Author Topic: Fruit ID - possible Australian native  (Read 1052 times)

fruit nerd

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Fruit ID - possible Australian native
« on: January 30, 2023, 07:52:38 PM »
Location: Near Mossman, Far North Queensland
Tree size: Large rainforest tree
Fruit description: 2-3 cm in diameter, dark skin with pink flesh





pagnr

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Re: Fruit ID - possible Australian native
« Reply #1 on: January 31, 2023, 02:48:40 AM »
What is the foliage it is resting on ? Is that the plant it came off ?

fruit nerd

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Re: Fruit ID - possible Australian native
« Reply #2 on: January 31, 2023, 03:00:54 AM »
The fruit was found on the ground and is resting on freshly mowed grass. The foliage in the second photo belongs to the fruit tree in question I believe. The fruit is high in the canopy so cannot be picked.

SaltwaterTx

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Re: Fruit ID - possible Australian native
« Reply #3 on: January 31, 2023, 01:41:56 PM »
Looks like something Id like to grow if you get your hands on some seeds!

pagnr

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Re: Fruit ID - possible Australian native
« Reply #4 on: January 31, 2023, 01:47:07 PM »
Any other info, one seed or multiple seeds, solid flesh or hollow fruit ?

fruit nerd

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Re: Fruit ID - possible Australian native
« Reply #5 on: January 31, 2023, 08:51:20 PM »
The fruit has a single seed. The ratio of flesh to seed is decent. The seed on the photo below was found on the ground.



elouicious

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Re: Fruit ID - possible Australian native
« Reply #6 on: January 31, 2023, 11:47:33 PM »
did you eat it?

did you get any pics of flowers?

Did you notice any animals eating it?

fruit nerd

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Re: Fruit ID - possible Australian native
« Reply #7 on: February 01, 2023, 12:20:24 AM »
I suspect it is some syzygium species. I have not eaten it, though I suspect it is edible. Now you mention it, I believe the flowers are bright purple, quite beautiful. Will try to dig up a photo. I did see a dove up there yesterday.

fruit nerd

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Re: Fruit ID - possible Australian native
« Reply #8 on: February 01, 2023, 02:20:48 AM »
Photo of flowers from a branch that I believe snapped off the tree in November. Quite beautiful flowers I think.


tru

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Re: Fruit ID - possible Australian native
« Reply #9 on: February 01, 2023, 02:51:57 AM »
edit: i don't know what I'm talking about lol but does this look like a lilly pilly? I've never seen one in person
edit2: disregard ... didn't realize lilly pillies are syzygium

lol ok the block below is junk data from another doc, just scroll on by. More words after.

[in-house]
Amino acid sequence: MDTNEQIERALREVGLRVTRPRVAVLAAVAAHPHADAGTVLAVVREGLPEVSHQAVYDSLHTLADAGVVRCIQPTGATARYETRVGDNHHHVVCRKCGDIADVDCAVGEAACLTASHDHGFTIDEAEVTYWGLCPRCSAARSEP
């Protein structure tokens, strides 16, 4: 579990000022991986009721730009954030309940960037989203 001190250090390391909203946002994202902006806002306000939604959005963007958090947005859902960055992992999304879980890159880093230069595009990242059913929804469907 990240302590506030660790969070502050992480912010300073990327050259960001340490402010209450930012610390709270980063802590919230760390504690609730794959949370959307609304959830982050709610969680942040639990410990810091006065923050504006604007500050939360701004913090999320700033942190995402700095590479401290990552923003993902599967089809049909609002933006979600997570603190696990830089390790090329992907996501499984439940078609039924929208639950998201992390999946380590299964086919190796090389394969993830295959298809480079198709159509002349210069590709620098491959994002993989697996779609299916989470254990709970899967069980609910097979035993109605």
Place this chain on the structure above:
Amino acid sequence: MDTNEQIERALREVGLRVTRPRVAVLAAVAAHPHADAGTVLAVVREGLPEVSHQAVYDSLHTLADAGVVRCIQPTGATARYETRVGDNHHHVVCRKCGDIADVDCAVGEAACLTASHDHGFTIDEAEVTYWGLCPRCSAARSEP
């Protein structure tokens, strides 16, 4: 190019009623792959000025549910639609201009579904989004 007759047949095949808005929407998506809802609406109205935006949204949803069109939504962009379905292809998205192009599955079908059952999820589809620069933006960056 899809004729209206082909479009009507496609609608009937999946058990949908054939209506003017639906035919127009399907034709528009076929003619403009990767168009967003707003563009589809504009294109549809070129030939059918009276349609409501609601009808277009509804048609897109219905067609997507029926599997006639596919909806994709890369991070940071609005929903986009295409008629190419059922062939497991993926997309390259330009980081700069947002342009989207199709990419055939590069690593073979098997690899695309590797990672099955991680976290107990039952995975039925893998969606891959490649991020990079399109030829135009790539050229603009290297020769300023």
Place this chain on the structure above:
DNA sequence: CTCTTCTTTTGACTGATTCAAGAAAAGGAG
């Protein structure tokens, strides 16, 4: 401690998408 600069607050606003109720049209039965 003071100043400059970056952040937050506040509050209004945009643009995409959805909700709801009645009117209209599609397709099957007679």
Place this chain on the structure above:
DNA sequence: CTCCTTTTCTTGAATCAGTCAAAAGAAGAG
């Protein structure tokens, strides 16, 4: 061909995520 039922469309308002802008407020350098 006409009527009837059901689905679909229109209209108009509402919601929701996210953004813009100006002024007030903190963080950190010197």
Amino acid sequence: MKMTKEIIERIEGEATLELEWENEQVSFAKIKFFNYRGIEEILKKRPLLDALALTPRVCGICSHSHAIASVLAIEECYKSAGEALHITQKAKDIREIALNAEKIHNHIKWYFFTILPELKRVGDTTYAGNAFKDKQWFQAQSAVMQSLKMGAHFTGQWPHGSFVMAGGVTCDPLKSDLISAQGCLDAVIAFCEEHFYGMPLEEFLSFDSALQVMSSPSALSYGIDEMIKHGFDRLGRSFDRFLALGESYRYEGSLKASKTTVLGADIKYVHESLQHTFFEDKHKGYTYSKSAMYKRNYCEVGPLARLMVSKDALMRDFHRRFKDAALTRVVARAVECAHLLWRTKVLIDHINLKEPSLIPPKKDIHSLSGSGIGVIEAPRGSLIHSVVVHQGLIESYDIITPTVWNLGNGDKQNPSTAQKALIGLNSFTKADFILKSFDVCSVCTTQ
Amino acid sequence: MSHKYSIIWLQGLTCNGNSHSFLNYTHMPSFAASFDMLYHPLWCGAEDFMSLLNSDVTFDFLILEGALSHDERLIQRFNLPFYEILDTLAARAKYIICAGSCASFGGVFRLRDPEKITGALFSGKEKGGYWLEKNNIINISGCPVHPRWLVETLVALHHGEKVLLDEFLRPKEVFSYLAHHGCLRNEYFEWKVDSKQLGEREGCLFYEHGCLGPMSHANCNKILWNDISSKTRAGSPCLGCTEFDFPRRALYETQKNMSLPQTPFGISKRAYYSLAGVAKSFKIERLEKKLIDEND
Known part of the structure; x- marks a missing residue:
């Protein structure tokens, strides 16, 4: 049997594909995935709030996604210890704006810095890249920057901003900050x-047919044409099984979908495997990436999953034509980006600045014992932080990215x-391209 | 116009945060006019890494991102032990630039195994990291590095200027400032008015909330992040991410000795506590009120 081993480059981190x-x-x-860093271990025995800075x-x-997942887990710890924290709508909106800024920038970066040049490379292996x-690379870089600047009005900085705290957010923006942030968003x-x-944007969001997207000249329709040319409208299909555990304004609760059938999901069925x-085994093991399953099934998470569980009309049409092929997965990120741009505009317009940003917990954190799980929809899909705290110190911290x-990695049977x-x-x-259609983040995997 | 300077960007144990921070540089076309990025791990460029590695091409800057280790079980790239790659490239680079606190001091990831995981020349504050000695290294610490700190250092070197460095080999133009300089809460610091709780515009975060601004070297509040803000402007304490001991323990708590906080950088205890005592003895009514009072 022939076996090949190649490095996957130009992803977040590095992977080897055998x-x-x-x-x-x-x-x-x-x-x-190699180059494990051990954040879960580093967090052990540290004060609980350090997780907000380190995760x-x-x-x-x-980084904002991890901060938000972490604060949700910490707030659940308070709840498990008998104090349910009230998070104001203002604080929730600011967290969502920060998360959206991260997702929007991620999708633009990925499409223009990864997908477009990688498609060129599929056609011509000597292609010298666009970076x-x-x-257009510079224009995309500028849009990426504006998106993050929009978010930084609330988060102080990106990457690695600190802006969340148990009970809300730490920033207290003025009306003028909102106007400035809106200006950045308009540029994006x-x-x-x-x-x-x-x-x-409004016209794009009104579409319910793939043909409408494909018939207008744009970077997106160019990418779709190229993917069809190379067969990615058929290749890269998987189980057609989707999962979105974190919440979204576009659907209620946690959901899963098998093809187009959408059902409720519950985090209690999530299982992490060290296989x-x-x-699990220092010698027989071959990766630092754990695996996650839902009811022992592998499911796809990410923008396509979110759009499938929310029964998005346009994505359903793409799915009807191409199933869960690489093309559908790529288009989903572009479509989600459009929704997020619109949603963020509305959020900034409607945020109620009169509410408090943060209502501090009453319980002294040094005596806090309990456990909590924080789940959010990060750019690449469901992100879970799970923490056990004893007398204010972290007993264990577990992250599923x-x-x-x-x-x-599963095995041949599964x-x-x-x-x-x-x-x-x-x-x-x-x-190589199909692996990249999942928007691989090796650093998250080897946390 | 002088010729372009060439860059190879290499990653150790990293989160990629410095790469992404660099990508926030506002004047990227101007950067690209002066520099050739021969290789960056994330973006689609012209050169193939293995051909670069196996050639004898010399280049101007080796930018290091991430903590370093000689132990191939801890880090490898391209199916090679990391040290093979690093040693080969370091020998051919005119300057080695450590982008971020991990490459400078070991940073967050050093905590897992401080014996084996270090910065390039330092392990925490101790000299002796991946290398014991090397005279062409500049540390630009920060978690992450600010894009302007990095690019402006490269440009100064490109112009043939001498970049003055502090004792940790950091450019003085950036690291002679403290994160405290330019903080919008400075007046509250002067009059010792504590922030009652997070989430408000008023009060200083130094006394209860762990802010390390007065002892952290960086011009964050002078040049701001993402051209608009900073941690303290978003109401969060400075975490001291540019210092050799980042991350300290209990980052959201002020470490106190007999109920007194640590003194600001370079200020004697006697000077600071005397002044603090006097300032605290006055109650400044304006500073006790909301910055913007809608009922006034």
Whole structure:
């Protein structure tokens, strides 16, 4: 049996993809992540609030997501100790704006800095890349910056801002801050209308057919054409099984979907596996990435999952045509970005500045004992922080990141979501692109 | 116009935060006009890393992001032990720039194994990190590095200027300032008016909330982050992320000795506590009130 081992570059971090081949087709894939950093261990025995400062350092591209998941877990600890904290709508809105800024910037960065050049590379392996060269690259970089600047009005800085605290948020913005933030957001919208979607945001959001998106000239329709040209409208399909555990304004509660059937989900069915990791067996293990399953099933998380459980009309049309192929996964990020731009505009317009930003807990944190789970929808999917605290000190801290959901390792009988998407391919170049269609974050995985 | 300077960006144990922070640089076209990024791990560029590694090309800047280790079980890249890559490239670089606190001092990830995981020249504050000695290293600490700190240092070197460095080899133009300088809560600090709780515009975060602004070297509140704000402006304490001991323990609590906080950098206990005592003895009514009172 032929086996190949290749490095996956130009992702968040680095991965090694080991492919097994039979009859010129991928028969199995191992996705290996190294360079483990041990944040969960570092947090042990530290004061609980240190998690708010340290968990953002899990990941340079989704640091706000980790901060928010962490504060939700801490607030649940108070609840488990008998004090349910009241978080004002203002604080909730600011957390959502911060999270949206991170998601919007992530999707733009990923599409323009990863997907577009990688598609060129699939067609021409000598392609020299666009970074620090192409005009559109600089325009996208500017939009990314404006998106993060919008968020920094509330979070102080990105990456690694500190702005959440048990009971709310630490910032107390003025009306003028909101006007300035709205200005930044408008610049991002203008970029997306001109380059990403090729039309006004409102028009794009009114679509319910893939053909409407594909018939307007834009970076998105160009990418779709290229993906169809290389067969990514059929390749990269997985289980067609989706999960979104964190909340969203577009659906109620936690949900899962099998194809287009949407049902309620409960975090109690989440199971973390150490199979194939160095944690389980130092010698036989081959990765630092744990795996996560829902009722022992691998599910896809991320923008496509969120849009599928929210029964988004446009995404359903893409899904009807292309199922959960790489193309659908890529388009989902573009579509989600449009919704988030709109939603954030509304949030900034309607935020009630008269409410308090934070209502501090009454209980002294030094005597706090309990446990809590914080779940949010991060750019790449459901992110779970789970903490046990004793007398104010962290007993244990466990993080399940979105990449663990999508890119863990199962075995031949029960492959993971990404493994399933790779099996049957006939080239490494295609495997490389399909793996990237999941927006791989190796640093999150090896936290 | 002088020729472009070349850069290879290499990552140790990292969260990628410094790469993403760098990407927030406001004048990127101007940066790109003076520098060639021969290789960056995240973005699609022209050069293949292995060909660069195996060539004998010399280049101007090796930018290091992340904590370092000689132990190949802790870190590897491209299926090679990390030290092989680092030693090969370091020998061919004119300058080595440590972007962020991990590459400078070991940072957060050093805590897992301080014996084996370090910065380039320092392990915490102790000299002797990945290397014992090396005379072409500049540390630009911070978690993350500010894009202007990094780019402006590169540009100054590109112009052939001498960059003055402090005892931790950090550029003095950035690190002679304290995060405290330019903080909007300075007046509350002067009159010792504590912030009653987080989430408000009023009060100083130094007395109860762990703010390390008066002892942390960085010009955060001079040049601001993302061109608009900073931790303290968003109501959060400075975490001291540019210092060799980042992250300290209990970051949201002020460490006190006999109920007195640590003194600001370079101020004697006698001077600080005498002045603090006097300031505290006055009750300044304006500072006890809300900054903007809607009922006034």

been looking for a bit and I see lots of things that look close to lilly pilly but haven't matched the fruit to the flower yet bc these have purple flowers but google shows white
« Last Edit: February 01, 2023, 03:04:10 AM by tru »
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tru

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Re: Fruit ID - possible Australian native
« Reply #10 on: February 01, 2023, 03:11:40 AM »
haha.
I asked ChatGPT, this is what they had to say about it. Something tells me they left more than a couple off the list  :) but a couple years from now who knows how crazy this stuff will get

Quote
Here is a list of Syzygium species in Australia that have purple flowers and round dark purple skin:

Syzygium paniculatum (Magenta Lilly Pilly)
Syzygium australe (Brush Cherry)
Syzygium luehmannii (Small-leaved Lilly Pilly)
Note that this list may not be exhaustive, as new species or subspecies may be discovered and taxonomy may change over time.

btw I tried to push it harder and be EXTRA specific .. they had quite the response

Quote
I'm sorry, but the specific criteria provided are not sufficient to determine a single Syzygium species. While some Syzygium species are found in Far North Queensland, it is not always possible to identify a species based solely on its fruit characteristics, as fruit characteristics can vary within a species. Additionally, there is not enough information to determine which species have purple flowers, and even if that information were available, it is not uncommon for the fruit characteristics to be different from the flower characteristics. I recommend consulting a botanist or a local expert for a more accurate identification of the species in question.
« Last Edit: February 01, 2023, 03:16:19 AM by tru »
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fruit nerd

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Re: Fruit ID - possible Australian native